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ERIC Identifier: ED315424
Publication Date: 1989-11-00
Author: Matter, M. Kevin
Source: ERIC Clearinghouse on Tests Measurement and Evaluation Washington DC., American Institutes for Research Washington DC.

Communicating Scholastic Success. ERIC Digest.

Research and Evaluation staff often receive numerous telephone calls from people who want to know which school is the best in the district--or which one has the highest test scores. Invariably, these people equate the best with highest scores. What most of these people want is a school that will challenge their children intellectually, emotionally, physically, and socially. And, they believe that if their children are with those students who have the highest scores--that is, the best, by their standards--then their children will be better.

In light of this expectation, you should present the most complete and impartial picture of your schools to your students, their parents, and the community. However, just sending a report on test scores, even though the scores may be above the state, national, or district average, is insufficient because you must communicate about the total educational program in your district. But what else can you use to measure your district's performance in preparing students for life?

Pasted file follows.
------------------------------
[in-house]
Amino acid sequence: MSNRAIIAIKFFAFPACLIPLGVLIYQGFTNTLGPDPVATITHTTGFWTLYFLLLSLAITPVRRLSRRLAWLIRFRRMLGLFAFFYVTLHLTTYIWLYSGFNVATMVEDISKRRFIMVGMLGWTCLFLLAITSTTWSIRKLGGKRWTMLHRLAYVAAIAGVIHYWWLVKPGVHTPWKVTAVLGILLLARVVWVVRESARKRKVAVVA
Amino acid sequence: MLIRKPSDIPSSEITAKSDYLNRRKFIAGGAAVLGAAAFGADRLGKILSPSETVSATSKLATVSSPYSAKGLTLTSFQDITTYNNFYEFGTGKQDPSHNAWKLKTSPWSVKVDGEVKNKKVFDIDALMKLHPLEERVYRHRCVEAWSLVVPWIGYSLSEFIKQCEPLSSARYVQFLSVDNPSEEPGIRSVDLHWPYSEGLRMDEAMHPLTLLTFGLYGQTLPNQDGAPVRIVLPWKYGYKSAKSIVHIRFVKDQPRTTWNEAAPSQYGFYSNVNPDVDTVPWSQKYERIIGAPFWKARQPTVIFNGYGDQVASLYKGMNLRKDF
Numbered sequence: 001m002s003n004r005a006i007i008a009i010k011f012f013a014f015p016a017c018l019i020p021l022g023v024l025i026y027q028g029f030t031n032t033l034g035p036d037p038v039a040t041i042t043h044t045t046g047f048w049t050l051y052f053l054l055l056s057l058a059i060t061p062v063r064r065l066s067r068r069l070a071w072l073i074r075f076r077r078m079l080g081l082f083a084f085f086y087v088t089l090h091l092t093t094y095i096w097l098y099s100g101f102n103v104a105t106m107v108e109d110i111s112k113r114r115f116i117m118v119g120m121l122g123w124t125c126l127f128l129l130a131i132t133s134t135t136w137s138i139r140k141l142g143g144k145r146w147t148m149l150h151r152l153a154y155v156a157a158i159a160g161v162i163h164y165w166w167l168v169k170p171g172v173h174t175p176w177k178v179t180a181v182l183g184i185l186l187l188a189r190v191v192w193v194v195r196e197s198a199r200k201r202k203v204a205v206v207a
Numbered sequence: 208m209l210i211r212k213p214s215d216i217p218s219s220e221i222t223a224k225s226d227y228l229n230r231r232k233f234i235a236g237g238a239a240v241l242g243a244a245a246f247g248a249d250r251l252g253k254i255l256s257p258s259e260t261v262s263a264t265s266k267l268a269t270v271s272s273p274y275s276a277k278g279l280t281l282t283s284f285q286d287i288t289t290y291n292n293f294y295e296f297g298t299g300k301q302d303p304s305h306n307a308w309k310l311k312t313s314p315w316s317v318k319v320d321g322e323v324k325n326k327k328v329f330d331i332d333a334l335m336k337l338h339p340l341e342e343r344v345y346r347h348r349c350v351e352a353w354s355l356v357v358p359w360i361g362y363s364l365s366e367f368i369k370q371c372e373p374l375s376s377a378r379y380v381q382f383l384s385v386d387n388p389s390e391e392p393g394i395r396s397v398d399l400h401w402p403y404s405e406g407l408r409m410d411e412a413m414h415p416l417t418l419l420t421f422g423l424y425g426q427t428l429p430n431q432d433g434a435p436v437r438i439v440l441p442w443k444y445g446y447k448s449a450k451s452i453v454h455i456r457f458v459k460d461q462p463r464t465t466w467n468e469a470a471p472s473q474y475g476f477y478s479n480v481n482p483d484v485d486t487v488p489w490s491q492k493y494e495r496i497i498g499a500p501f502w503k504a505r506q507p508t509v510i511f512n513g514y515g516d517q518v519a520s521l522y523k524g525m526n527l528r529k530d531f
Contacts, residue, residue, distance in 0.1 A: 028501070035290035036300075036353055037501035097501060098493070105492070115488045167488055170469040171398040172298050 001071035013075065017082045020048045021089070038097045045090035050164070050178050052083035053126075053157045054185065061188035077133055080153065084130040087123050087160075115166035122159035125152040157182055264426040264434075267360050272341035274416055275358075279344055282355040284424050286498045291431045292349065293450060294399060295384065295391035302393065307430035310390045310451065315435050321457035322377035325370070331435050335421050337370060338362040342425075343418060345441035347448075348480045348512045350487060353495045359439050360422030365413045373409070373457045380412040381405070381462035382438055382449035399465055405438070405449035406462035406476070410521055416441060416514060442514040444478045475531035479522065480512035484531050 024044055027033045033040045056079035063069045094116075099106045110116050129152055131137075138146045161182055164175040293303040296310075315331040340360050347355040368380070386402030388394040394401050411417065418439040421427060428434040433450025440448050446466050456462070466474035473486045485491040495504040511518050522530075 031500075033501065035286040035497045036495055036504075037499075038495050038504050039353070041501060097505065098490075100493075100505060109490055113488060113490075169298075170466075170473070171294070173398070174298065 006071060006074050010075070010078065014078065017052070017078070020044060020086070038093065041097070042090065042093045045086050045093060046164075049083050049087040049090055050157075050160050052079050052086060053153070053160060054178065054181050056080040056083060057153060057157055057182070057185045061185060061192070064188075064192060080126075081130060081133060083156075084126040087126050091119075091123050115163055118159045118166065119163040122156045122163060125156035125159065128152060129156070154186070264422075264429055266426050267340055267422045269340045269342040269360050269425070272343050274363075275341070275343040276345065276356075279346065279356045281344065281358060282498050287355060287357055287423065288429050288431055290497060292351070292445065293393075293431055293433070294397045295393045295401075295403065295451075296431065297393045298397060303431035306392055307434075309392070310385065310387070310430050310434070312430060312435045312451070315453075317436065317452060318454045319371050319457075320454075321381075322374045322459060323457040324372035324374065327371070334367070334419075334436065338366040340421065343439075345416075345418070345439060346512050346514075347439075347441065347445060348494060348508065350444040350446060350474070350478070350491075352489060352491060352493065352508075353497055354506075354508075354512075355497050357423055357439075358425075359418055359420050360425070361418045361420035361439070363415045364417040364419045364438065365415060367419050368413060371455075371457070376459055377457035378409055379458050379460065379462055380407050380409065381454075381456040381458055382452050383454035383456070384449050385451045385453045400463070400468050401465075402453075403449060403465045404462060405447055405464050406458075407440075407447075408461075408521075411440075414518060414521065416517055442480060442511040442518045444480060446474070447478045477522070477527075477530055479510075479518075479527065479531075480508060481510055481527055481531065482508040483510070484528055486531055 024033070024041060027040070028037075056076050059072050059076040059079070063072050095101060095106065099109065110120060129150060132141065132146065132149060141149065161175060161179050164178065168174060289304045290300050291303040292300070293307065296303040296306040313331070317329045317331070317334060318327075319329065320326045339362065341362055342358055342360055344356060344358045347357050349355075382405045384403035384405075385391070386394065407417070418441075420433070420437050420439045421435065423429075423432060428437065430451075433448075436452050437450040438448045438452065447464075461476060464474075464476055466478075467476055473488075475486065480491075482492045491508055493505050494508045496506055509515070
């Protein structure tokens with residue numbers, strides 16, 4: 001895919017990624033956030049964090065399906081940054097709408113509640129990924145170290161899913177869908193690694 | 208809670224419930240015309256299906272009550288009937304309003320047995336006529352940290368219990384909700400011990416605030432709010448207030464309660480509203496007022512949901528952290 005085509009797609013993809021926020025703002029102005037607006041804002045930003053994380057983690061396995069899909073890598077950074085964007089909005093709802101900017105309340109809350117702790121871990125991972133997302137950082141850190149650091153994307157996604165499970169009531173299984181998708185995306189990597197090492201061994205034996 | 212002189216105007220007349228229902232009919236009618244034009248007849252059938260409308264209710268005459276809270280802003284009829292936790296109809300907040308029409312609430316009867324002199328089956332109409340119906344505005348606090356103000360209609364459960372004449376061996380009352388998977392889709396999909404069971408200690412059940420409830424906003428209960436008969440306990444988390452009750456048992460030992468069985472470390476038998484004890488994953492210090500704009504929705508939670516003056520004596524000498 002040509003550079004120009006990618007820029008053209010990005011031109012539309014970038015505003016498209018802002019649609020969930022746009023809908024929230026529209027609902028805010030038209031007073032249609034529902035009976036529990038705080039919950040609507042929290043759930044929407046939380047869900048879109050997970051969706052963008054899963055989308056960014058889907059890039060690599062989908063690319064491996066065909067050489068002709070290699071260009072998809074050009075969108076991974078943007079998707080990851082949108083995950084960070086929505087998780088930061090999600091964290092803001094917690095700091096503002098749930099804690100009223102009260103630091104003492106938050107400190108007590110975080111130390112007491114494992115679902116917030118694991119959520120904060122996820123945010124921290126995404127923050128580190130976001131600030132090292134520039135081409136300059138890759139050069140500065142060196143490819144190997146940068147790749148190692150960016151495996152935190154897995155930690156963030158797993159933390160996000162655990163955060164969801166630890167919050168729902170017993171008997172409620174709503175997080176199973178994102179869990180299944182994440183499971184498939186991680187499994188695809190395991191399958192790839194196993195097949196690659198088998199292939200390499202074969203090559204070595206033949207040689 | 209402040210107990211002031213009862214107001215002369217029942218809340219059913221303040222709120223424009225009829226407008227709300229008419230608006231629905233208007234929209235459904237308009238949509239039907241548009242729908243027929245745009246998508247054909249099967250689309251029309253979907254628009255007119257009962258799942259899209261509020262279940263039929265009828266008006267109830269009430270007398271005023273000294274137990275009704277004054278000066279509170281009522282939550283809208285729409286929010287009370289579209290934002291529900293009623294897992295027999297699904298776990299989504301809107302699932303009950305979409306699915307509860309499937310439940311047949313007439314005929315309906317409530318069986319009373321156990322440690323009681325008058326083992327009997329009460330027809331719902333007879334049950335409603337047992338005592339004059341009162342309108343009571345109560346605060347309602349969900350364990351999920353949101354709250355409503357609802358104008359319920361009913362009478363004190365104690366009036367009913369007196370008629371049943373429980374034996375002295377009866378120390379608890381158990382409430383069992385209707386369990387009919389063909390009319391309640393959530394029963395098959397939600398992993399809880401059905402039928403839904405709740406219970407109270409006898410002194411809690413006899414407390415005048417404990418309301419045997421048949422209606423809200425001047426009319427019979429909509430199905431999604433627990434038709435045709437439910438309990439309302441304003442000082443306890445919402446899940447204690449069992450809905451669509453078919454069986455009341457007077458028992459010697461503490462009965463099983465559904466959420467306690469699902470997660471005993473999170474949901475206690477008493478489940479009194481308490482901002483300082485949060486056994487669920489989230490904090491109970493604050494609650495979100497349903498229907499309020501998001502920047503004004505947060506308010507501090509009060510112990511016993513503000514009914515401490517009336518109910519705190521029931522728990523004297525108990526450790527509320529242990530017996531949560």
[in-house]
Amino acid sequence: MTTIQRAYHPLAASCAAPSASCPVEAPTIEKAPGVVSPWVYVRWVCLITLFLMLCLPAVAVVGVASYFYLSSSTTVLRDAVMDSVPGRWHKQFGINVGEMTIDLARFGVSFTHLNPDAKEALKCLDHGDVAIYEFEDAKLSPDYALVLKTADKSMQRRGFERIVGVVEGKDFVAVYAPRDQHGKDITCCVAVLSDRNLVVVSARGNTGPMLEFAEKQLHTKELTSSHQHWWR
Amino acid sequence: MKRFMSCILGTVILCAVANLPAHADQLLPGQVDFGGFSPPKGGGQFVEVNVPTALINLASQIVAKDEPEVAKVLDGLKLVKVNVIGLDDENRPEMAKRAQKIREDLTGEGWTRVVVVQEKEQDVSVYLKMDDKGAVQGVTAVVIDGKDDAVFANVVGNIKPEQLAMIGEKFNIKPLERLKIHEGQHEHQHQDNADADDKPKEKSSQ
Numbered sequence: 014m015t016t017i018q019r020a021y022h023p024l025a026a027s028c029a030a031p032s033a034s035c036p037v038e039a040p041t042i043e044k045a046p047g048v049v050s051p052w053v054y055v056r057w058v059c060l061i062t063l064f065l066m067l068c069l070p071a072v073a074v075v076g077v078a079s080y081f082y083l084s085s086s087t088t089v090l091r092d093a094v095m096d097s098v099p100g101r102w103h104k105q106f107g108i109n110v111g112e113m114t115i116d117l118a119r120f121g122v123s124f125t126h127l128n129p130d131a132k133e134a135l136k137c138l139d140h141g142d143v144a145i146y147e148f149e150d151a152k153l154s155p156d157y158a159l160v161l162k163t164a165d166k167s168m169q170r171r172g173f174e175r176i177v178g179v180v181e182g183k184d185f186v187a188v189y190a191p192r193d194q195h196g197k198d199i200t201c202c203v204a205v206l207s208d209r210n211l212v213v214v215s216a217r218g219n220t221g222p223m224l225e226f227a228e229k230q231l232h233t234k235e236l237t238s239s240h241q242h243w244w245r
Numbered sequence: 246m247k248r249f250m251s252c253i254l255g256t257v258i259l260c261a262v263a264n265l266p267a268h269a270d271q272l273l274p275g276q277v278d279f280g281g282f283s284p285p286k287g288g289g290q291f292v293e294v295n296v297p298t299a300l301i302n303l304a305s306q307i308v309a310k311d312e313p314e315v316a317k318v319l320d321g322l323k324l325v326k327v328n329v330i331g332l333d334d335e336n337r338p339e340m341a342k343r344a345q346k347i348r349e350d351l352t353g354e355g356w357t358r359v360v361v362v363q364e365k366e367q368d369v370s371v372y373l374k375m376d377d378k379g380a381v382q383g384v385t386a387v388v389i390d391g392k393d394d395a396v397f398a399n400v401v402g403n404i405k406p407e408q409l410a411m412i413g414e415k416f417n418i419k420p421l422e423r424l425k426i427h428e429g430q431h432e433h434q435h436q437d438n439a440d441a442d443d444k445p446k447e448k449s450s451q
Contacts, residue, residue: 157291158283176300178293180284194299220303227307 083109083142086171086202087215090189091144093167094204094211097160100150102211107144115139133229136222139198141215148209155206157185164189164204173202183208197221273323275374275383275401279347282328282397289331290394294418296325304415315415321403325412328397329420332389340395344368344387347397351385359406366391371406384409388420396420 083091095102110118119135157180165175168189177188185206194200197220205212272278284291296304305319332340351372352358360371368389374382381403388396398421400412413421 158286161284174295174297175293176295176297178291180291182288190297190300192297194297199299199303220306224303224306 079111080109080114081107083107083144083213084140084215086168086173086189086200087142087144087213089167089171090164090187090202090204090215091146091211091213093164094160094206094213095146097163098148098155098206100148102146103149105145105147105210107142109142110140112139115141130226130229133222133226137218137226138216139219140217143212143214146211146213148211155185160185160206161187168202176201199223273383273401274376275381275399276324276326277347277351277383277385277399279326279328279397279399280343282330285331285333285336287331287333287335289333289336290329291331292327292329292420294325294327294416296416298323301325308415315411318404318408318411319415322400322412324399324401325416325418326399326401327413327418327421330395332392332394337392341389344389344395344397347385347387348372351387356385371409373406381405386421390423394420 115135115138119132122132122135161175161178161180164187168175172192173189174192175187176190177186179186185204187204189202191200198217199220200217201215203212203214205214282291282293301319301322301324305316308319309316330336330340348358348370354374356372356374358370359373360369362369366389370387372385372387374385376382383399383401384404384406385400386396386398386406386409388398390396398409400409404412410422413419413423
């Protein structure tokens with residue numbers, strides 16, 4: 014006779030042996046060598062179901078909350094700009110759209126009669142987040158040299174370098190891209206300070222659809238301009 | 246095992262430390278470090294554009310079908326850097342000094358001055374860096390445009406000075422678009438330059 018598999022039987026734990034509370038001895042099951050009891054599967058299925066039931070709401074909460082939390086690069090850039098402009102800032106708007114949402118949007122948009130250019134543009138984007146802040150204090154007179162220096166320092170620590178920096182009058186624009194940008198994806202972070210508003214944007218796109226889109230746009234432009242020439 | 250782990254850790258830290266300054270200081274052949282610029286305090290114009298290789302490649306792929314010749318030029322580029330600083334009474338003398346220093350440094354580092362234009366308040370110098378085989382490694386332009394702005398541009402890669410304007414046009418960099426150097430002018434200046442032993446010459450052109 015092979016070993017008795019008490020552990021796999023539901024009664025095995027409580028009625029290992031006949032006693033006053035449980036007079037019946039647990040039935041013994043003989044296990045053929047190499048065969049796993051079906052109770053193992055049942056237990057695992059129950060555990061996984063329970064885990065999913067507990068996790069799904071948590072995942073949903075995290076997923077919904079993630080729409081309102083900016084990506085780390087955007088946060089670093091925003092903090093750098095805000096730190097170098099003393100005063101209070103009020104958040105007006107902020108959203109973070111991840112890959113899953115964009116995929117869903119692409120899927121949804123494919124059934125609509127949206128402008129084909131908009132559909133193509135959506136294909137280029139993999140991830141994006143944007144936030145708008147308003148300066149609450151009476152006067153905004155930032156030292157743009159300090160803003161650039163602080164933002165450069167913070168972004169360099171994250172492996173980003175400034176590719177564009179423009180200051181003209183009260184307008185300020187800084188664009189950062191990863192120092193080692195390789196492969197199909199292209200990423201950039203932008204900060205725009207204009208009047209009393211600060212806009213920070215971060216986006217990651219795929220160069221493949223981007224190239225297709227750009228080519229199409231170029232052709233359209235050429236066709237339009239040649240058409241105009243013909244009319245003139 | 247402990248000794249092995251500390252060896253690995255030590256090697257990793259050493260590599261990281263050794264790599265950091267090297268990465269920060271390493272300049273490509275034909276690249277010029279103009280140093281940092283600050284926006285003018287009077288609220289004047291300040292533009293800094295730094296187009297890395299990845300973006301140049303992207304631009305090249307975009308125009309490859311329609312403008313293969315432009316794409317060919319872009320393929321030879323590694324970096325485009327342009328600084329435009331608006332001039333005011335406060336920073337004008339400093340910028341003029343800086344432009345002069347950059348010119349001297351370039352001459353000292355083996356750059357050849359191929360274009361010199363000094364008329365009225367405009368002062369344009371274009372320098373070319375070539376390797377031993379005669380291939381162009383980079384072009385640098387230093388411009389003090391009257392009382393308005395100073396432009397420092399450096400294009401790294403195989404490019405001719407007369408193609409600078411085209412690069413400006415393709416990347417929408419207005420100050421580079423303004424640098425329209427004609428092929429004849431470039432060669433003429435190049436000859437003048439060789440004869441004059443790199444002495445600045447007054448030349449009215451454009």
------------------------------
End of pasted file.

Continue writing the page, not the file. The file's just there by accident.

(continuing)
Additional measures are available. Some require effort to collect and organize; others are easily gathered and summarized if you outline and implement a process. By collecting the information in some of these other important indicators of your district's work, you may be better able to interpret and use standardized test data to improve your educational program. More important, your community will learn more about what education is as a profession.


o Absences: students

o Absences: staff

o Tardies: students

o Tardies: staff

o Percent of students and staff with perfect attendance or fewer than x absences

o Student participation in before/after school programs

o Parent participation in PTO meetings, back-to-school nights, special programs

o Total enrollment

o Graduation rate

o Dropout rate


o PTO membership

o Number and types of parent volunteers

o Number and types of special programs, fundraisers, etc. (for example, RIF, Jr. Great Books)


o Student population by sex

o Staff population by sex

o Student population by ethnic group

o Staff population by ethnic group

o Percent of students who receive special educational help

o Percent of staff by responsibility (for example, regular classroom teacher, resource room teacher, clerical staff, support staff)

o Percent of students eligible for free or reduced-price meals

o Percent of students who have a home language other than English

o Percent of students who are eligible for Chapter 1 services


o Percent of students who are new to school/district

o Percent of staff who are new to school/district


o Average number of years of experience in the district

o Average number of years of experience in the school

o Average number of years of experience in education


o In-service programs for teachers